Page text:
Morgantown, West Virginia, is considering a huge tax credit for local business development.
At a Committee of the Whole meeting earlier this week, the Morgantown City Council discussed an ordinance that would establish a huge tax credit for local businesses. The ordinance (p. 11) would offer an 80-percent tax credit for any renovations or construction undertaken by new or expanding businesses. Additionally, the ordinance would provide a four-year service tax credit, which would start at an 80-percent coverage rate in the first year, gradually falling to 20 percent in the fourth year.
To be eligible for the credit, the new or improved development must be located within the city's downtown business district and the finished structure must be valued at least $5 million. Under the new law, the maximum credit would be set at $300,000.
The ordinance received positive feedback from those in attendance, including Deputy Mayor Mark Brazaitis, who expressed his public support. “We’re very eager to draw businesses in our community, especially our downtown area,” said Brazaitis. “It’d be wonderful to see some great development in, say, lower High Street, and just our downtown and wharf in general.”
Despite its initial support, the ordinance has also drawn criticism. Some voiced concern that the ordinance would leave the city open to abuse by of out-of-state developers, who could steamroll over existing local businesses in the interest of making a quick buck. Others were troubled over possible issues with local unions and potential infringement into the city's protected green spaces.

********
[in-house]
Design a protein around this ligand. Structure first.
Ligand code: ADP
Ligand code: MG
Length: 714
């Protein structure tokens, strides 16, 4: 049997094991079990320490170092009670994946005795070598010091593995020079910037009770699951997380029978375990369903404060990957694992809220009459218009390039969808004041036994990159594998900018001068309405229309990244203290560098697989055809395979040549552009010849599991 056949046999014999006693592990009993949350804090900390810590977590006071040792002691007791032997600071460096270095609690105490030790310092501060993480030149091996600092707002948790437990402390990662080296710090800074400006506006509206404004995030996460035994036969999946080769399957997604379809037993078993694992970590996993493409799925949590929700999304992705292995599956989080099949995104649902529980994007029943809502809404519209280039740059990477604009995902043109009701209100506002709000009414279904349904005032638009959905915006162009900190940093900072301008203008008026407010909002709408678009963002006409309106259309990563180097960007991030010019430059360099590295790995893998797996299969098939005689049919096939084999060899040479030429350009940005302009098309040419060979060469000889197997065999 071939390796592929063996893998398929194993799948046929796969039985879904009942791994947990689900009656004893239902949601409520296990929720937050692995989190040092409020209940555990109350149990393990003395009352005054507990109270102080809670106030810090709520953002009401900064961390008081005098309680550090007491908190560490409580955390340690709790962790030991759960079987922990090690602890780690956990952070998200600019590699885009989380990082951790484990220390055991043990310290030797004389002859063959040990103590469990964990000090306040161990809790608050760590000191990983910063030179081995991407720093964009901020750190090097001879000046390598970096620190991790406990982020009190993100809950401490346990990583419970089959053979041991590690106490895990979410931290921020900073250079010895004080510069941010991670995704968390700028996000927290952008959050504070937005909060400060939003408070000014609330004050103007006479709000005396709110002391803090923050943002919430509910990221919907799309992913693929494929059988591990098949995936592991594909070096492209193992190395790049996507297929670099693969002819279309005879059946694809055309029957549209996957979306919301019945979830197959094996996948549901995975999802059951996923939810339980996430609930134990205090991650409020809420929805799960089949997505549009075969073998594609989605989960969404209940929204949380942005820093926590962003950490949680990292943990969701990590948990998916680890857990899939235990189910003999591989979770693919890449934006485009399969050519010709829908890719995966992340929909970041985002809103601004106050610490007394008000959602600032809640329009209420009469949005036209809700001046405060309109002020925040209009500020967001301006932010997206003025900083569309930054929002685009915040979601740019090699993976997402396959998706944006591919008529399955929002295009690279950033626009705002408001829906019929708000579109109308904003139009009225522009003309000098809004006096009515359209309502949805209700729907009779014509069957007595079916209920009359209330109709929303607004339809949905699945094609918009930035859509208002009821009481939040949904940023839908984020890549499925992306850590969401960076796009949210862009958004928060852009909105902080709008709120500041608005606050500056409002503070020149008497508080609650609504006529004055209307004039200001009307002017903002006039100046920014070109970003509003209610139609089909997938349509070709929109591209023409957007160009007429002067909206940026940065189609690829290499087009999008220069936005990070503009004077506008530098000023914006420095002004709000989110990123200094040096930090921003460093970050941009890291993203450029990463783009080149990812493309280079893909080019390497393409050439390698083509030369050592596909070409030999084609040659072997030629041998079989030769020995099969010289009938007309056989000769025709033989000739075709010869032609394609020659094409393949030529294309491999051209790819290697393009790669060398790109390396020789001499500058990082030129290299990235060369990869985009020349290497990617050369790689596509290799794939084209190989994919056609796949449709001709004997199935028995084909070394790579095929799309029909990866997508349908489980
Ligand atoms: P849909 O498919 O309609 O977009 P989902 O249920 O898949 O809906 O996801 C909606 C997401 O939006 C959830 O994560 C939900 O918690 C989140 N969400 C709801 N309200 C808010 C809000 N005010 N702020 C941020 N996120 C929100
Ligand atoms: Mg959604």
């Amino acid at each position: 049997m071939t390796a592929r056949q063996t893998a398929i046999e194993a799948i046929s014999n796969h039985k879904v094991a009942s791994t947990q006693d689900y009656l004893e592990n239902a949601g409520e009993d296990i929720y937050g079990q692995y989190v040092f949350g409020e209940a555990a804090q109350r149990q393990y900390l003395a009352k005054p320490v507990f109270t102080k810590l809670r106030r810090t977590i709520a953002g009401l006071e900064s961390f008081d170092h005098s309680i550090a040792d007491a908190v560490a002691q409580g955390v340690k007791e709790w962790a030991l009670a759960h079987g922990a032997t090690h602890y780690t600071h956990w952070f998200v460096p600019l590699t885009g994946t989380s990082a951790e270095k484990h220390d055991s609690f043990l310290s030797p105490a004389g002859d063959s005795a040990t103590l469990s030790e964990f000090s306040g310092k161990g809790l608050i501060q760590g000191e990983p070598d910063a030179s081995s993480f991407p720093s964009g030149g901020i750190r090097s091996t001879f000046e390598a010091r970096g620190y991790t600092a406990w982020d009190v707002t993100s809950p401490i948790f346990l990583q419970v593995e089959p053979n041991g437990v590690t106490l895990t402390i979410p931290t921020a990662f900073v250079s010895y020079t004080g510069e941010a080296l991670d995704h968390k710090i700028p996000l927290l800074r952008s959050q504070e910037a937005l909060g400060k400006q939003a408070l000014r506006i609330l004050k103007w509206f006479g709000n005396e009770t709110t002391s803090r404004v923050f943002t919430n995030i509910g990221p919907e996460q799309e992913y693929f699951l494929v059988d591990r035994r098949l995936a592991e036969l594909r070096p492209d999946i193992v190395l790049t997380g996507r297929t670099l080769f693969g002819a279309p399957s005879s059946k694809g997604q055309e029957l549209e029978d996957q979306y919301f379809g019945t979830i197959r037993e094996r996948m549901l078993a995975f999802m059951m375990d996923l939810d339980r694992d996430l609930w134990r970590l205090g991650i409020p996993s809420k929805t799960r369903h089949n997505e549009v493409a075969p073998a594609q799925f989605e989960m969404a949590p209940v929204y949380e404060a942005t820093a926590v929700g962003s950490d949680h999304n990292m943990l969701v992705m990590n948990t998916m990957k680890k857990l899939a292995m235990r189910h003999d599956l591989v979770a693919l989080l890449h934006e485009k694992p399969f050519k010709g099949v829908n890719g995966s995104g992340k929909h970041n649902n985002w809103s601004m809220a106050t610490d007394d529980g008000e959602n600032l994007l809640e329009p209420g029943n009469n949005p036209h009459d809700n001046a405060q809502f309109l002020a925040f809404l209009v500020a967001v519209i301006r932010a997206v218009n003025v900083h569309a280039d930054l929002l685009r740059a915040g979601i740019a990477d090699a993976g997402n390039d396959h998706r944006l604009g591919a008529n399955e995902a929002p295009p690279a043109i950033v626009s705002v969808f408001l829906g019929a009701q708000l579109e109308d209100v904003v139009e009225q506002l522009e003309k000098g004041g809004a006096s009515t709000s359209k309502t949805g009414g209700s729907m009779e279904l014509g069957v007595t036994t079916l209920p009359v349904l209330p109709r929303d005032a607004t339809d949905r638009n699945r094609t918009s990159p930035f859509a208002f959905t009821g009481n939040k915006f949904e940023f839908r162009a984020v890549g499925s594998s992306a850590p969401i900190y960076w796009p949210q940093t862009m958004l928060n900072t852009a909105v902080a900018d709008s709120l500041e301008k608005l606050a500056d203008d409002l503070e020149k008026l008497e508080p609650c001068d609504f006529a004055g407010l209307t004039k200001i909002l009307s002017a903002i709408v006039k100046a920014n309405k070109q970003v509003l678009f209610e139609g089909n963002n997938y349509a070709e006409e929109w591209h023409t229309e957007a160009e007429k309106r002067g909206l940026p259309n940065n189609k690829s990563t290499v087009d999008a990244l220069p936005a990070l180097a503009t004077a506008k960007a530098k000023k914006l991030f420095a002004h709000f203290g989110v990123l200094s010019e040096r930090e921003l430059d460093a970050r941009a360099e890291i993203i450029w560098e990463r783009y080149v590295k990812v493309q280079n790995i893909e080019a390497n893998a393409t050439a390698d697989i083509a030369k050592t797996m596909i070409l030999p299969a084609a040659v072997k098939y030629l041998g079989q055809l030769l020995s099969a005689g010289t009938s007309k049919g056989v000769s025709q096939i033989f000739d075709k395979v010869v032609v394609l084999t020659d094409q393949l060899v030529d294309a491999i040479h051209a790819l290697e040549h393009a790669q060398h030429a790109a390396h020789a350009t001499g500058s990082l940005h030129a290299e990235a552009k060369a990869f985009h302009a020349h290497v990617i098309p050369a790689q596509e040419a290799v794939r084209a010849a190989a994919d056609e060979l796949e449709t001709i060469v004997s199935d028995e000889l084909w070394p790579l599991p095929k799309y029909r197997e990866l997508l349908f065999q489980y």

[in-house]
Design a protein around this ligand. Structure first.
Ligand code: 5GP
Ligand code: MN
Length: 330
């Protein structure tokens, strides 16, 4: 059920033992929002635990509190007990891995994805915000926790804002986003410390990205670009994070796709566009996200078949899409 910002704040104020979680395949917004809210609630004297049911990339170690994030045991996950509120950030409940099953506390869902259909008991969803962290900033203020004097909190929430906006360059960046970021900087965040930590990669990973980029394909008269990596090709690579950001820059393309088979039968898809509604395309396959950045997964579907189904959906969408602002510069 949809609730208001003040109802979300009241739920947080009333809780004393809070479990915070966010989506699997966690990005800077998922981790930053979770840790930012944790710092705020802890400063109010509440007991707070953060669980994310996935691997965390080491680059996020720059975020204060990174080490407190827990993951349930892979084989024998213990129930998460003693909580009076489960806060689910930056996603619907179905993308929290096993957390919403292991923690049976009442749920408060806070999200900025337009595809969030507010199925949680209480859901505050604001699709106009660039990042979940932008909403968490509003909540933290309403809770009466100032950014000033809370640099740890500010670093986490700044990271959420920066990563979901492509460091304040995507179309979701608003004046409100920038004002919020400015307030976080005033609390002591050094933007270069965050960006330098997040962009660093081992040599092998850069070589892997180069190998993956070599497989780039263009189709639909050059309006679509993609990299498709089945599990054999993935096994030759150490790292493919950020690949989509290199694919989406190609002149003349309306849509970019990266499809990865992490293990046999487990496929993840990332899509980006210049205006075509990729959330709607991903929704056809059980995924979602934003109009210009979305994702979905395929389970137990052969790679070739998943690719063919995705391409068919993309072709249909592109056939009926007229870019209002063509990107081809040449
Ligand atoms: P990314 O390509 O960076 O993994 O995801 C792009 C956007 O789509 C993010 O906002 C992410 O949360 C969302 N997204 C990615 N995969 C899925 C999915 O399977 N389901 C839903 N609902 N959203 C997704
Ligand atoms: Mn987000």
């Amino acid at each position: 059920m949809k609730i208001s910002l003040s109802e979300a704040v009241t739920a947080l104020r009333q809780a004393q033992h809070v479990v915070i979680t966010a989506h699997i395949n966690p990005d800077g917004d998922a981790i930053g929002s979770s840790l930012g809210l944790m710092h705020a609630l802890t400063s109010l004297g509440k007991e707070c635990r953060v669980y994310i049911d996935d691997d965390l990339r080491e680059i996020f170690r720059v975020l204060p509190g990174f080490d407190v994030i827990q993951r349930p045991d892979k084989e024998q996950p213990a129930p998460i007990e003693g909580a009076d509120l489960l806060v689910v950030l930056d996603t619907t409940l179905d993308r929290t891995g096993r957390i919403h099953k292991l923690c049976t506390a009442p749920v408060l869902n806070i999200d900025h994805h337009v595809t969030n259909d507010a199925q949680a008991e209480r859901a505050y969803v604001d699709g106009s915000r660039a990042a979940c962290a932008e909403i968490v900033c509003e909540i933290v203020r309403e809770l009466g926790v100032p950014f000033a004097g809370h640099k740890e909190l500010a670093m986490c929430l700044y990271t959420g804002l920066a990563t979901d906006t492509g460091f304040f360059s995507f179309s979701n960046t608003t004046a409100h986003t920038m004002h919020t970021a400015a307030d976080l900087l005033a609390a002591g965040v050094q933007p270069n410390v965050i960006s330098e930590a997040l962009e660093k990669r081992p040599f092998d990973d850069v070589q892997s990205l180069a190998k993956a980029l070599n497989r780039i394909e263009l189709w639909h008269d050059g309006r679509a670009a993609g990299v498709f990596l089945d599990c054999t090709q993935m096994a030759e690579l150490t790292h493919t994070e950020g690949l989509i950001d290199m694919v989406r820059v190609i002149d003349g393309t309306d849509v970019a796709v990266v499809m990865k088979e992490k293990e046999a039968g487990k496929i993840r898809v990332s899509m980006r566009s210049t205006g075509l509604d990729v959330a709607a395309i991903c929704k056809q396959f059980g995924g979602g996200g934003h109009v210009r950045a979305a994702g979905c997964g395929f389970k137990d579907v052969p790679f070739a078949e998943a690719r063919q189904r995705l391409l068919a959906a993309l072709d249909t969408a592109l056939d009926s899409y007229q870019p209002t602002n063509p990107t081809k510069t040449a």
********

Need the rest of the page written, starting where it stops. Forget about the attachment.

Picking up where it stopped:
The ordinance is currently in draft form and is expected to be discussed by the city council at a future meeting. If passed, the credit would expire on June 30, 2019, unless the council extended it.
Indiana lawmaker introduces bill aimed at restricting local governments’ ability to regulate carbon monoxide detectors.
Earlier this month, Indiana Rep. Jeff Ellington (R) introduced legislation that would consolidate the power to regulate carbon monoxide at the state level. The legislation (IN HB 1139) “[p]rohibits a city, town, or county from adopting an ordinance that includes more stringent or detailed requirements that conflict with the fire prevention and building safety commission's rules.”
Critics of the proposed bill claim it undermines municipalities' ability to impose the local rules best suited for their jurisdiction. Dot Kesling, founder of an Indiana foundation that advocates for carbon monoxide poisoning awareness, argued that the state is levying its wishes over towns’. “It’s about the freedom and democracy of every community,” said Kesling.
The bill now awaits referral to a committee. If it passes a committee vote, the Indiana House of Representatives will take up the legislation for a full vote, where it will be sent to the Senate for further deliberation.